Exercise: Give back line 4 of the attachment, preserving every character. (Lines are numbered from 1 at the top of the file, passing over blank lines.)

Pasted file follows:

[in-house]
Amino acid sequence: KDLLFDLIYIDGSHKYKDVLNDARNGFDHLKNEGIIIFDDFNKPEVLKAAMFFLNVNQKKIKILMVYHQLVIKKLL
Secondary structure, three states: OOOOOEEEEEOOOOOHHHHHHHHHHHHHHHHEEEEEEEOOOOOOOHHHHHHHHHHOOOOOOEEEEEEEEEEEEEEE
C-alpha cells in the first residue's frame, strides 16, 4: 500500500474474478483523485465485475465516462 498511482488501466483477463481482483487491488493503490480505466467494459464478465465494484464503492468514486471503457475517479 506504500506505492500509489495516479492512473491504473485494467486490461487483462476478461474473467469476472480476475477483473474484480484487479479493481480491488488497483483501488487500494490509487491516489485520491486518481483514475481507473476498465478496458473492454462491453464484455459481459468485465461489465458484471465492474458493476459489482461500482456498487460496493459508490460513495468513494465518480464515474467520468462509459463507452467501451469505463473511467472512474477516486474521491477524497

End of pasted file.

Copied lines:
C-alpha cells in the first residue's frame, strides 16, 4: 500500500474474478483523485465485475465516462 498511482488501466483477463481482483487491488493503490480505466467494459464478465465494484464503492468514486471503457475517479 506504500506505492500509489495516479492512473491504473485494467486490461487483462476478461474473467469476472480476475477483473474484480484487479479493481480491488488497483483501488487500494490509487491516489485520491486518481483514475481507473476498465478496458473492454462491453464484455459481459468485465461489465458484471465492474458493476459489482461500482456498487460496493459508490460513495468513494465518480464515474467520468462509459463507452467501451469505463473511467472512474477516486474521491477524497